When the wounded bear he faced on a mountain ledge that day turned aside, James Curwood felt that he had been spared. From this encounter he became an avid conservationist. He wrote relentlessly—magazine stories and books and then for the new medium of motion pictures. Like many authors of his time, he was actively involved in movie-making until the plight of the forests and wildlife in his home state of Michigan turned his energies toward conservation.
A man ahead of his time, and quickly forgotten after his death in 1927, his gift of himself to his readers and to nature has finally come to be appreciated again two generations later.
Journal of the Fictive Life
Howard Nemerov University of Chicago Press, 1981 Library of Congress PS3527.E5Z47 1981 | Dewey Decimal 818.5403
"The only way out," writes Howard Nemerov, "is the way through, just as you cannot escape death except by dying. Being unable to write, you must examine in writing this being unable, which becomes for the present—henceforth?—the subject to which you are condemned." This is the record of the struggle to compose a novel; a struggle transformed by Nemerov into a far-reaching exploration of the creative process itself.
"He often shows bravery and shrewdness; the book is full of fine criticism and psychological insight. As always, his prose has that ease and transparency that make one forget one is reading; one seems simply to hear a voice speaking. Nemerov's improvised self-analysis has weaknesses, but few that he himself doesn't eventually recognize."—New York Times Book Review
"In an age of explicitness, Nemerov's Journal of the Fictive Life is explicitly without vulgarity; in an age of revelation, it reveals only what counts. More then a book about creativity, it is a beautiful creation."—Richard G. Stern
“What does one learn by taking a journey, any journey?” Helen Bevington asks. “I’ve taken a shaky trip through a decade (to Russia, to the mailbox, to bed) to the end of the 1970s, about which uncomplimentary and increasingly anxious remarks were made by us all--you, me, and the media.” This is a book of journeys, to places--Russia, Hawaii, Italy, Yugoslavia, Greece, the South Seas, the Rhine, Australia, New Zealand, New Mexico--and to the classroom at Duke University where she was Professor of English until her retirement in 1976. Since everything is a journey, the book is concerned with travel of all kinds, in books, in memories, in people living and dead, a lighthearted search for Eden on this planet but a more serious search for survival in the troubled decade of the 1970s.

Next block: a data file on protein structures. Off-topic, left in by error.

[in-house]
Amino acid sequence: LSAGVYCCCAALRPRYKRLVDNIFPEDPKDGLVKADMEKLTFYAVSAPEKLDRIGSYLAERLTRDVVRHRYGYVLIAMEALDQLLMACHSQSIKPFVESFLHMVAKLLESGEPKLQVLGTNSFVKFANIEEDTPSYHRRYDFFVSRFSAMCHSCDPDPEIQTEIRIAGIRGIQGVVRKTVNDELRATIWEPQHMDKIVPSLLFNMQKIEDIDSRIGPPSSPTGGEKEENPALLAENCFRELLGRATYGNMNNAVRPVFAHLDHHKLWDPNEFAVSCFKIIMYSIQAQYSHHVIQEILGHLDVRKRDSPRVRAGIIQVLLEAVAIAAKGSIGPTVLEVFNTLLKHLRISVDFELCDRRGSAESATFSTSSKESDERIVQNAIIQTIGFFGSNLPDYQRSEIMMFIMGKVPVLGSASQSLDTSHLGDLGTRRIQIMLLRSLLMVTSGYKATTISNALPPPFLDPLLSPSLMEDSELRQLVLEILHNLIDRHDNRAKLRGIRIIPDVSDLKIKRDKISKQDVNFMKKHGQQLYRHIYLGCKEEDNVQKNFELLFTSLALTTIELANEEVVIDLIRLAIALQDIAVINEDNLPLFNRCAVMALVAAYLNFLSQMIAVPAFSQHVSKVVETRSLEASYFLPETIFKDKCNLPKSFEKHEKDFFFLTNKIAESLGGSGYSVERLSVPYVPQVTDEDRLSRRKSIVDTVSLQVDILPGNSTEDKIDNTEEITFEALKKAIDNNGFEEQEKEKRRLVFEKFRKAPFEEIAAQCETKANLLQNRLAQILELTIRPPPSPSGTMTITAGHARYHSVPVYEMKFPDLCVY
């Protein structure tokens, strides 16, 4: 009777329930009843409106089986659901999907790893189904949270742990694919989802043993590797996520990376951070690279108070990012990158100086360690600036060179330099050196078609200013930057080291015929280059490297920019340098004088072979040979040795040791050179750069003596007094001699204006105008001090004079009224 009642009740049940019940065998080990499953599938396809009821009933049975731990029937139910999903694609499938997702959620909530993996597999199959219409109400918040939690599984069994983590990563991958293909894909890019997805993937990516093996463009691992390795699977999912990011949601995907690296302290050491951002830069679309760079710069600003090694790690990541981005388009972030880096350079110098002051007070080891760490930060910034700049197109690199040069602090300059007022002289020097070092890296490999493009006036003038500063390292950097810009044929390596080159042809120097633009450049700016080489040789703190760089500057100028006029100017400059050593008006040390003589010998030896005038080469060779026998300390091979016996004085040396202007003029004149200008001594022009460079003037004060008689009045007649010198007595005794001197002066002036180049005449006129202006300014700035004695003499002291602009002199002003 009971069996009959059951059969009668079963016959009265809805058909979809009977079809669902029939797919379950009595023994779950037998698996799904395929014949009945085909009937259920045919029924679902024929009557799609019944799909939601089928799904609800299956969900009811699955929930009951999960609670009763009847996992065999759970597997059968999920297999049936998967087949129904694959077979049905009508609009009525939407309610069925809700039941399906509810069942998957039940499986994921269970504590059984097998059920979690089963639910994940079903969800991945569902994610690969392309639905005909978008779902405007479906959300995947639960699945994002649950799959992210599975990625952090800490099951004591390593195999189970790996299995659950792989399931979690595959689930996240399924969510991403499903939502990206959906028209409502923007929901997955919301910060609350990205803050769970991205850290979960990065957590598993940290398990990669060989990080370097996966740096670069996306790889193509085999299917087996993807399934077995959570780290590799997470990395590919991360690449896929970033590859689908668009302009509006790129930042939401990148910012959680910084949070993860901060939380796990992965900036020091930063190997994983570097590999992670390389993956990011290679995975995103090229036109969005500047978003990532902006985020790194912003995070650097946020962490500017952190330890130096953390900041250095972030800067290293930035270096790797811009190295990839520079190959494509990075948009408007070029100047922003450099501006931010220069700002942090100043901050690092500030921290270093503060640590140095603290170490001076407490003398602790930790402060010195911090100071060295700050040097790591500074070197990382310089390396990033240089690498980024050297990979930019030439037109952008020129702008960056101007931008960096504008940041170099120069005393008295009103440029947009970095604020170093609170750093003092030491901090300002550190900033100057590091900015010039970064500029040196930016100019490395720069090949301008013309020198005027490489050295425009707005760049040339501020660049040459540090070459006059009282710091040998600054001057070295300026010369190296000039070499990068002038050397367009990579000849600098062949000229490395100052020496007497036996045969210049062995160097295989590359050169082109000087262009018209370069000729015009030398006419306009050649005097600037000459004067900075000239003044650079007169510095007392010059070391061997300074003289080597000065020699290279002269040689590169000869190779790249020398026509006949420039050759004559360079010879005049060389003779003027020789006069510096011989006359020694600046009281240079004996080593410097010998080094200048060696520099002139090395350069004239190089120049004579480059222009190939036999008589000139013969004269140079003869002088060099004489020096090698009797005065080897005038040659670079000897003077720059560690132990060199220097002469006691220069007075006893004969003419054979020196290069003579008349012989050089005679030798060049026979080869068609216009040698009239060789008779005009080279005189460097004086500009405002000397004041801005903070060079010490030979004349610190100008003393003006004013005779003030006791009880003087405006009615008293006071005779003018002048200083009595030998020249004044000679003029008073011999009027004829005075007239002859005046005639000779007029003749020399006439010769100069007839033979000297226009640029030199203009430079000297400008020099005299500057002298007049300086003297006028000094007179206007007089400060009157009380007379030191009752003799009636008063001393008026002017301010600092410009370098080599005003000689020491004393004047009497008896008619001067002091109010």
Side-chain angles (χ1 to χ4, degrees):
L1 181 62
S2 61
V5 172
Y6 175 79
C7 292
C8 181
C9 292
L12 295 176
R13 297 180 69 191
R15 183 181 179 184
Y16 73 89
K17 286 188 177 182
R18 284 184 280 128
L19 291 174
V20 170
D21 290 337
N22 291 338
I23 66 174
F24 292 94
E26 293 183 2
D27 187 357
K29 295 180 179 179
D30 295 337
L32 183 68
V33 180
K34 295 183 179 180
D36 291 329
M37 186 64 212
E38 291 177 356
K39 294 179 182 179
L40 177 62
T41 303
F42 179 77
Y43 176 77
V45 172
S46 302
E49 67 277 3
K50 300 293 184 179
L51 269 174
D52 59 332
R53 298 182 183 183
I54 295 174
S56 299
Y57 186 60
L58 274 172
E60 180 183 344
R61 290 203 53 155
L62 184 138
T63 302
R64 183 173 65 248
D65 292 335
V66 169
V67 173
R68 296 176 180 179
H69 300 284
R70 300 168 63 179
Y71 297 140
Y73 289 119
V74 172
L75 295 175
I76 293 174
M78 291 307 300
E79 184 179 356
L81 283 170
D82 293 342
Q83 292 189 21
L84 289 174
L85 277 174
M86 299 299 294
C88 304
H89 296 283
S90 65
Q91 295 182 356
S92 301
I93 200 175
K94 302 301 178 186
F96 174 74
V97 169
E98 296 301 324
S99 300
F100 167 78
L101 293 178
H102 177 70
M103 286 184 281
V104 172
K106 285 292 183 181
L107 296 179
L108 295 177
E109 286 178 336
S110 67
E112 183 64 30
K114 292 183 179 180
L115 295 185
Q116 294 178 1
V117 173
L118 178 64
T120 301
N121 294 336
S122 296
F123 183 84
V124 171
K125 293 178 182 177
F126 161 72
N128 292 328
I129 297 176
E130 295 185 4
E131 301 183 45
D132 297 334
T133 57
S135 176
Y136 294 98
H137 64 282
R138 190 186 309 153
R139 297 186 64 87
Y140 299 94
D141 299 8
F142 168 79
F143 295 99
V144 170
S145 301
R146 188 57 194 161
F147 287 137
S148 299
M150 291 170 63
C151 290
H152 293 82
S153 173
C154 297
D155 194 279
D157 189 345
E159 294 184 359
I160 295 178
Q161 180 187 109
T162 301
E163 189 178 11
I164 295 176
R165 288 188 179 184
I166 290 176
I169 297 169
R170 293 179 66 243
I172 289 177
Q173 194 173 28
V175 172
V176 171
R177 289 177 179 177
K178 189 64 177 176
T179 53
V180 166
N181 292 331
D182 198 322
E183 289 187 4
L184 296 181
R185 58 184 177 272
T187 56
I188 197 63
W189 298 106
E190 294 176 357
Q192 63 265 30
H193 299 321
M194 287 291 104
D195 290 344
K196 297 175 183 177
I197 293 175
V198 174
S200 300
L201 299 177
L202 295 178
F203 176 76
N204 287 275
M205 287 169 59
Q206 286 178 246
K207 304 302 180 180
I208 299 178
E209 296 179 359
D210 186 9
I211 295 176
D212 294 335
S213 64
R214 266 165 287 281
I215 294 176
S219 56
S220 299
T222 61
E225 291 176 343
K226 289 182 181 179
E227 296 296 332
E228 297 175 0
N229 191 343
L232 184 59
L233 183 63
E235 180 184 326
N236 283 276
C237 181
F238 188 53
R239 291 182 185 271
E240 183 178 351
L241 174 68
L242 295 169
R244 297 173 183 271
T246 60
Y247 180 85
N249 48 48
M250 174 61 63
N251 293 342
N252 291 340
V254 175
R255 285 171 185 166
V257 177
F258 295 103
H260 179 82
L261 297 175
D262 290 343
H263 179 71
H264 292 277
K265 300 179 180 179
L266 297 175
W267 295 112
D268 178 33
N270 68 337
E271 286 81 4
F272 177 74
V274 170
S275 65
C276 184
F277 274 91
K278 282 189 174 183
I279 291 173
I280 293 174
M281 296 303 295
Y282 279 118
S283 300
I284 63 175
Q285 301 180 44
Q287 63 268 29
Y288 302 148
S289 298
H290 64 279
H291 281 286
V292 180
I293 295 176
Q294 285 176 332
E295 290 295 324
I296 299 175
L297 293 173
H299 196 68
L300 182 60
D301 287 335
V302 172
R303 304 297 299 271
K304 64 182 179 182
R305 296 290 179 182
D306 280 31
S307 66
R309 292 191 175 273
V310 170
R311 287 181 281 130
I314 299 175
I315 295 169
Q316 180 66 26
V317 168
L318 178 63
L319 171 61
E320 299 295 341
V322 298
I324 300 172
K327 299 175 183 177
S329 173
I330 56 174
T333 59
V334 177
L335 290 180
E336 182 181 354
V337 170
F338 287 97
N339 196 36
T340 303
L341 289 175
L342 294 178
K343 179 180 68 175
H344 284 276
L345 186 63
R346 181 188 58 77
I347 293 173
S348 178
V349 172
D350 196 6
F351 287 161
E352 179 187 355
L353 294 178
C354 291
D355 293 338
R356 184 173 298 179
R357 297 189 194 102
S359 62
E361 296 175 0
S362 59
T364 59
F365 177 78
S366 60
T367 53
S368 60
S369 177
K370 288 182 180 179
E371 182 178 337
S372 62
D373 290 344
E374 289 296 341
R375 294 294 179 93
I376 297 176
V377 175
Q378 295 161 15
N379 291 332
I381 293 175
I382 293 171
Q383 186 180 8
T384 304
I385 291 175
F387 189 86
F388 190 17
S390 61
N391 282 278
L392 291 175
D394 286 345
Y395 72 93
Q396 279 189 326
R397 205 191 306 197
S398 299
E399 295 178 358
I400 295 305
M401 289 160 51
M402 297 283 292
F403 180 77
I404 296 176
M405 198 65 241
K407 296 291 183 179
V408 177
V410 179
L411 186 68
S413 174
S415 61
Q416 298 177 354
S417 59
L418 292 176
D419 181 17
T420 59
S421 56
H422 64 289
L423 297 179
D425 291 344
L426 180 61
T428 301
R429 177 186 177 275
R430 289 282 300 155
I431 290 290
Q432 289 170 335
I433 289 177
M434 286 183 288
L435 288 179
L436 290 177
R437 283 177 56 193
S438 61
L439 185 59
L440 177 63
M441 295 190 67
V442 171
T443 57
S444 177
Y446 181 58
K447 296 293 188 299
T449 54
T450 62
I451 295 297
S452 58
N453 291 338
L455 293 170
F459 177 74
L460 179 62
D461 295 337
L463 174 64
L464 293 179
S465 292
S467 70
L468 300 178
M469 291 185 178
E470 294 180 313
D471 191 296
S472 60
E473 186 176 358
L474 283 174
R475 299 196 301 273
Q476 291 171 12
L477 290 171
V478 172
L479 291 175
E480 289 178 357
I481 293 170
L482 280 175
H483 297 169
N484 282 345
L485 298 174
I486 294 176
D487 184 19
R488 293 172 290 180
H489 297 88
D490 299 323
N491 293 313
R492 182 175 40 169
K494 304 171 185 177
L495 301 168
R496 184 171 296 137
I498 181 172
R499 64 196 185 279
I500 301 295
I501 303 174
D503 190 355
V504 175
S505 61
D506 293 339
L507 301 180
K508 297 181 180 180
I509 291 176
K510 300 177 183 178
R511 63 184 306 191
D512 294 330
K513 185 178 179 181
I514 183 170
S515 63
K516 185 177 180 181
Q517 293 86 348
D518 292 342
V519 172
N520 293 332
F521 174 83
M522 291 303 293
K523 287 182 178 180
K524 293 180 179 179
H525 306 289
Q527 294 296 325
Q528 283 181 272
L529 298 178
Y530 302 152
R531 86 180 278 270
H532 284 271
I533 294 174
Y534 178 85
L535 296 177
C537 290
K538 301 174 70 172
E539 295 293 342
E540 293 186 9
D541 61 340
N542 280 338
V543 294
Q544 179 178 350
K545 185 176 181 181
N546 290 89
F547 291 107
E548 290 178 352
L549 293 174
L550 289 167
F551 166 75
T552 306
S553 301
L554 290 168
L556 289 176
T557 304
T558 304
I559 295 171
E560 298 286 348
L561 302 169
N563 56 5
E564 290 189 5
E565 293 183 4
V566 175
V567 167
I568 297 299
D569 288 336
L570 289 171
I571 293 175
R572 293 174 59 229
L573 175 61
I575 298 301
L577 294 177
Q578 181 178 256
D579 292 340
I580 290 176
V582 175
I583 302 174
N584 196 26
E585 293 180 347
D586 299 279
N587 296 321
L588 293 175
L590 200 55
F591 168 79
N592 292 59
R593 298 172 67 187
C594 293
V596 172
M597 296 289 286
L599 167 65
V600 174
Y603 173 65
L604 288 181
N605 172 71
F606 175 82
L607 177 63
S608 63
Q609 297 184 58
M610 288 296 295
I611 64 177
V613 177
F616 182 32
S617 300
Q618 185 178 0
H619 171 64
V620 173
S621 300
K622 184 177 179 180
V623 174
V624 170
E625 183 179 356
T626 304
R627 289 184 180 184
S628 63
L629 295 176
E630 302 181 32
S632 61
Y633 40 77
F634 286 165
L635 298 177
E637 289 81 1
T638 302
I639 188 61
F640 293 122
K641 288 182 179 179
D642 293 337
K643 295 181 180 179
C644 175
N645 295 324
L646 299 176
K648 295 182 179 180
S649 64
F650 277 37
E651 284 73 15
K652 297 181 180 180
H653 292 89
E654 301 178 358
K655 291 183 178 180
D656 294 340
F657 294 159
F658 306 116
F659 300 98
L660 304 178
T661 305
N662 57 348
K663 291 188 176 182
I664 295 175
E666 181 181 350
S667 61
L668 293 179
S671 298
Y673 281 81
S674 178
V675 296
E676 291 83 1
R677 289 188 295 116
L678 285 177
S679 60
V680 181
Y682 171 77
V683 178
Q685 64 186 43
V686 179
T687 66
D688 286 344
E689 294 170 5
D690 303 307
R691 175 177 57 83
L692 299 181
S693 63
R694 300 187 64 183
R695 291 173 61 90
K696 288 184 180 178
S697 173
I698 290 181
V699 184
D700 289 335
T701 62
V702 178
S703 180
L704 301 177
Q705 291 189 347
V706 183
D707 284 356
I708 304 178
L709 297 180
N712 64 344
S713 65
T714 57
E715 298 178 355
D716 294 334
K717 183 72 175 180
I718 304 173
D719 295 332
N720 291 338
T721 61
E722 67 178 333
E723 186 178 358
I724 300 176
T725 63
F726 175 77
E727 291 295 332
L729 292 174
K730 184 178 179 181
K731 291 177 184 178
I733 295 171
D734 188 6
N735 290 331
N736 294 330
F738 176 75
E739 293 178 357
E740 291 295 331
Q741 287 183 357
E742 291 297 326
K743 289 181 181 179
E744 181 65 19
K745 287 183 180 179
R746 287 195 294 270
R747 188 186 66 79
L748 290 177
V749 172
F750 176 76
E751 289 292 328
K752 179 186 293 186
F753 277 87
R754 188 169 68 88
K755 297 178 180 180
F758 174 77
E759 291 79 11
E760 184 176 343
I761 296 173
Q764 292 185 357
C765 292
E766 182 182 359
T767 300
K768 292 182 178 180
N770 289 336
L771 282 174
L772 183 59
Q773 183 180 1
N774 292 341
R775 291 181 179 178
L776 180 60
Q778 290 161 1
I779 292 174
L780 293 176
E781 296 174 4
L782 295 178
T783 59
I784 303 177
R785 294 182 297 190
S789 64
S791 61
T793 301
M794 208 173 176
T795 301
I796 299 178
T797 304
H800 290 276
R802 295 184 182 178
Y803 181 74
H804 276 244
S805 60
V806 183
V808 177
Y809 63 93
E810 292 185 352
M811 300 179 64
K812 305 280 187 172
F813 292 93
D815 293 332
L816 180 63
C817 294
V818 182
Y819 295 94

Julian Hawthorne (1846-1934), Nathaniel Hawthorne's only son, lived a long and influential life marked by bad circumstances and worse choices. Raised among luminaries such as Thoreau, Emerson, and the Beecher family, Julian became a promising novelist in his twenties, but his writing soon devolved into mediocrity.
What talent the young Hawthorne had was spent chasing across the changing literary and publishing landscapes of the period in search of a paycheck, writing everything from potboilers to ad copy. Julian was consistently short of funds because--as biographer Gary Scharnhorst is the first to reveal--he was supporting two households: his wife in one and a longtime mistress in the other.
The younger Hawthorne's name and work ethic gave him influence in spite of his haphazard writing. Julian helped to found Cosmopolitan and Collier's Weekly. As a Hearst stringer, he covered some of the era's most important events: McKinley's assassination, the Galveston hurricane, and the Spanish-American War, among others.
When Julian died at age 87, he had written millions of words and more than 3,000 pieces, out-publishing his father by a ratio of twenty to one. Gary Scharnhorst, after his own long career including works on Mark Twain, Oscar Wilde, and other famous writers, became fascinated by the leaps and falls of Julian Hawthorne. This biography shows why.